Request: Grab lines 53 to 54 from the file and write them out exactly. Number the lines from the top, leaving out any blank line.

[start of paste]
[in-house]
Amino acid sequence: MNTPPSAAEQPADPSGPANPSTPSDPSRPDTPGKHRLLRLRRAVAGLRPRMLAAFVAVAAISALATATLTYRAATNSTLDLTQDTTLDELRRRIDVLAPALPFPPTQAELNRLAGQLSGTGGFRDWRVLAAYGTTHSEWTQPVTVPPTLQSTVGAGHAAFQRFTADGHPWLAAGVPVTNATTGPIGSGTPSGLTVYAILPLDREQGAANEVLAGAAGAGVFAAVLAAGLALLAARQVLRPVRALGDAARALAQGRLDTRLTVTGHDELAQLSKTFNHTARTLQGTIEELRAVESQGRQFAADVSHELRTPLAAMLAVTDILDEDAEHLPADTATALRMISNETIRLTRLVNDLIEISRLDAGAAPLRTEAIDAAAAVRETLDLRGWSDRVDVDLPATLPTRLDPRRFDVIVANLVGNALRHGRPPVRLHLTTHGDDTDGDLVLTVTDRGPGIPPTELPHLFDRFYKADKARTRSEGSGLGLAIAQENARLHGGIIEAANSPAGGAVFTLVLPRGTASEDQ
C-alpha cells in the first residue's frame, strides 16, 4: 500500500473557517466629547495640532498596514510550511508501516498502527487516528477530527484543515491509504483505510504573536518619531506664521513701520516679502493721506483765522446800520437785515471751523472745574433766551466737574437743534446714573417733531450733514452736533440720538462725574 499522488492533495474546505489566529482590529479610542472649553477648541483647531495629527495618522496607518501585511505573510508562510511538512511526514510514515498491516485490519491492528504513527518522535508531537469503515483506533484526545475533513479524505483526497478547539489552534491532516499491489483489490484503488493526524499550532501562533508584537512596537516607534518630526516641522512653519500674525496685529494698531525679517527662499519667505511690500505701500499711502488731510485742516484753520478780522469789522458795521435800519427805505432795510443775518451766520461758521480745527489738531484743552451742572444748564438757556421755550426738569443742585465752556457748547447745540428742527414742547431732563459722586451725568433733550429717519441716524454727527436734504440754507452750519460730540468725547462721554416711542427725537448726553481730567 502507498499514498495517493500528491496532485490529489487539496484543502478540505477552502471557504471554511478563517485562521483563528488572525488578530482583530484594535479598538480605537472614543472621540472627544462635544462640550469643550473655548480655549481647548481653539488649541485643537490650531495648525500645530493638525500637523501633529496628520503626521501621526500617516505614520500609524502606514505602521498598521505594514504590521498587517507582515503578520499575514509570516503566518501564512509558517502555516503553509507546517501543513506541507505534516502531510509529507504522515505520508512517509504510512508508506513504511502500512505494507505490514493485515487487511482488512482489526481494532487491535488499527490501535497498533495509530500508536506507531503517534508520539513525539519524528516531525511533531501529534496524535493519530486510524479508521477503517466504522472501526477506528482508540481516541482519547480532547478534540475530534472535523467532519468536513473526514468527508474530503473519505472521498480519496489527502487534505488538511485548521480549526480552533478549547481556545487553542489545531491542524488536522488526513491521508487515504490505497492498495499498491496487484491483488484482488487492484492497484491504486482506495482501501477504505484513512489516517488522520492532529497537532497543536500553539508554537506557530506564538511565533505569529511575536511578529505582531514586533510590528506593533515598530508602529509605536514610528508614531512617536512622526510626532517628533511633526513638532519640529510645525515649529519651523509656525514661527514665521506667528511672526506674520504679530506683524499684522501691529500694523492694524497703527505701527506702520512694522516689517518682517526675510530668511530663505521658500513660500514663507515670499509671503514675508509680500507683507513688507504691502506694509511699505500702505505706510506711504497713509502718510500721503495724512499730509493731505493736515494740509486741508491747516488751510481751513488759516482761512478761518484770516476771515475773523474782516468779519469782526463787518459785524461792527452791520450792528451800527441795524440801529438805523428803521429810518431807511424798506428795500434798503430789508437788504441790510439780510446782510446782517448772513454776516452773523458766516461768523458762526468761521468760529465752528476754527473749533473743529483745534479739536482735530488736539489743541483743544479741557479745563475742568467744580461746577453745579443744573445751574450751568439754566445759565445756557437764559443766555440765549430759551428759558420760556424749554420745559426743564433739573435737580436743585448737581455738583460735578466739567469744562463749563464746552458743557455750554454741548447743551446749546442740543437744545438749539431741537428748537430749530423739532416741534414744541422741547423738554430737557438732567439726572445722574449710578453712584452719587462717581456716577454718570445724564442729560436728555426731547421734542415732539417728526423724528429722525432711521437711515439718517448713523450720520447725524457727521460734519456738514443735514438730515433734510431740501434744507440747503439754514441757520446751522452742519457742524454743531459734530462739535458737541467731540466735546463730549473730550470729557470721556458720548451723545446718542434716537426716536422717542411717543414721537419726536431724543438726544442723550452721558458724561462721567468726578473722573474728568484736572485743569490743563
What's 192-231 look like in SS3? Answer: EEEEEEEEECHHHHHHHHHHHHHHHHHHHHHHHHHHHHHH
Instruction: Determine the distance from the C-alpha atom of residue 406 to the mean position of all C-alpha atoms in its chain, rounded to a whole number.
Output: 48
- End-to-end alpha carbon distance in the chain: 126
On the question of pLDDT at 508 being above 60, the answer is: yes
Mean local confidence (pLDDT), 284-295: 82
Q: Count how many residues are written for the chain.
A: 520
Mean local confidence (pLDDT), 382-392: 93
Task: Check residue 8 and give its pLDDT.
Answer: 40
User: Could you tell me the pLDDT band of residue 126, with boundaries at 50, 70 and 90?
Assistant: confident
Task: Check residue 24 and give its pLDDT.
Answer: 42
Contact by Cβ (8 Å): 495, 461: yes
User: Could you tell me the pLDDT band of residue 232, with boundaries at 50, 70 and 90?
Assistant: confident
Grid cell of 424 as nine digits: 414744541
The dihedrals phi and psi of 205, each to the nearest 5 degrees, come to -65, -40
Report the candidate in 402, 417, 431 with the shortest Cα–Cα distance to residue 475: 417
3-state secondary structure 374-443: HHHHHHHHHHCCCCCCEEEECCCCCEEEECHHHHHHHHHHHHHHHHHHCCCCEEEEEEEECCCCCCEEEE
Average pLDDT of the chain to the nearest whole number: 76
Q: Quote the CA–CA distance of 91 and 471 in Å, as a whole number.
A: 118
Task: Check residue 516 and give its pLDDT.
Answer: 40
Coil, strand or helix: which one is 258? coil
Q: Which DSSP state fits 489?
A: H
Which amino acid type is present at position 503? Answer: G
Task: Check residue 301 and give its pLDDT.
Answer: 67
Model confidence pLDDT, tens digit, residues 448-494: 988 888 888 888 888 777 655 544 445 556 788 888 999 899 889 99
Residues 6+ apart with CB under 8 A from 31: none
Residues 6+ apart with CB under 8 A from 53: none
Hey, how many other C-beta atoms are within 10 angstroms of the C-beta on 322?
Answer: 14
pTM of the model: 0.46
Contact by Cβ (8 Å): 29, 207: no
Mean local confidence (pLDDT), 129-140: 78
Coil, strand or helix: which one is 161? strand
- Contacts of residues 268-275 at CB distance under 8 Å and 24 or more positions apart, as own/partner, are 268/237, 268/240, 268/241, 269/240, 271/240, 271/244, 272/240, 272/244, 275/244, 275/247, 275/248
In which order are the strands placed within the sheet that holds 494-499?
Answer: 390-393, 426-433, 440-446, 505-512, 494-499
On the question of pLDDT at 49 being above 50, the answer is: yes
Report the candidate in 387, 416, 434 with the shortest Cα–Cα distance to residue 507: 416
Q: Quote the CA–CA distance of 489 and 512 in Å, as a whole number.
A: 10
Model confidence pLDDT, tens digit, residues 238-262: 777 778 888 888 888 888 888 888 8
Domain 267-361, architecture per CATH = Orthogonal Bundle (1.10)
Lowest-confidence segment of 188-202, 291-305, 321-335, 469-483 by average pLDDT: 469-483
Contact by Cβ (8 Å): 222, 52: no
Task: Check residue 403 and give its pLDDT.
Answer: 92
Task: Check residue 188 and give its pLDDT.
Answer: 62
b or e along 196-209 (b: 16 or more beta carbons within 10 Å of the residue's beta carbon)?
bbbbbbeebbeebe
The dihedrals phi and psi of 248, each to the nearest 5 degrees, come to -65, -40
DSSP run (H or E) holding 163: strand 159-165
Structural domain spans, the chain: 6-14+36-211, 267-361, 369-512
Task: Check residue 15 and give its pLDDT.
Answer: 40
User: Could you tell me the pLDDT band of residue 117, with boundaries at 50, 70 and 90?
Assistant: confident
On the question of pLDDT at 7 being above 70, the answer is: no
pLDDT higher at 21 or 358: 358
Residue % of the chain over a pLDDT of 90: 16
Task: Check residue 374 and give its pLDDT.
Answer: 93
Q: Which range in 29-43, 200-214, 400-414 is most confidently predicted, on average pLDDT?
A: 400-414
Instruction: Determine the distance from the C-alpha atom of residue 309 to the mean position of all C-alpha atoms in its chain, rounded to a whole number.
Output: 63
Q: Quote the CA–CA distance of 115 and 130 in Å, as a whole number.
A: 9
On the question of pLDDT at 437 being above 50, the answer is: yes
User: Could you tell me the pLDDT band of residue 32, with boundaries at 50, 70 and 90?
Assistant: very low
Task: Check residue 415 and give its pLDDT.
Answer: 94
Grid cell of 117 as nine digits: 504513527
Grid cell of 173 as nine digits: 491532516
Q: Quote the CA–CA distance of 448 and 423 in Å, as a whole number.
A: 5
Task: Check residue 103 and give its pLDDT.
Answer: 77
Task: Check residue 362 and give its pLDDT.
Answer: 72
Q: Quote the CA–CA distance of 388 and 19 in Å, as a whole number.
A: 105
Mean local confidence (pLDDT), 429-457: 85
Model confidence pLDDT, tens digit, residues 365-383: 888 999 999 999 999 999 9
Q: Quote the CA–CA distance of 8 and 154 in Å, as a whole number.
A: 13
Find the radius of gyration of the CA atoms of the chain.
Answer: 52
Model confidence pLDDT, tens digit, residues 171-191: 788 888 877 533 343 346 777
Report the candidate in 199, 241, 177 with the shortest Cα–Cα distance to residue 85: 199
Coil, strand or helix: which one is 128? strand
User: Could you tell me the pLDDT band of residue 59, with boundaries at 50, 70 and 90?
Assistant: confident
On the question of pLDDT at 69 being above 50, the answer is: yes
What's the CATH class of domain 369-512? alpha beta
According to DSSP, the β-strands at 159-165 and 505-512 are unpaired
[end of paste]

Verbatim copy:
Model confidence pLDDT, tens digit, residues 238-262: 777 778 888 888 888 888 888 888 8
Domain 267-361, architecture per CATH = Orthogonal Bundle (1.10)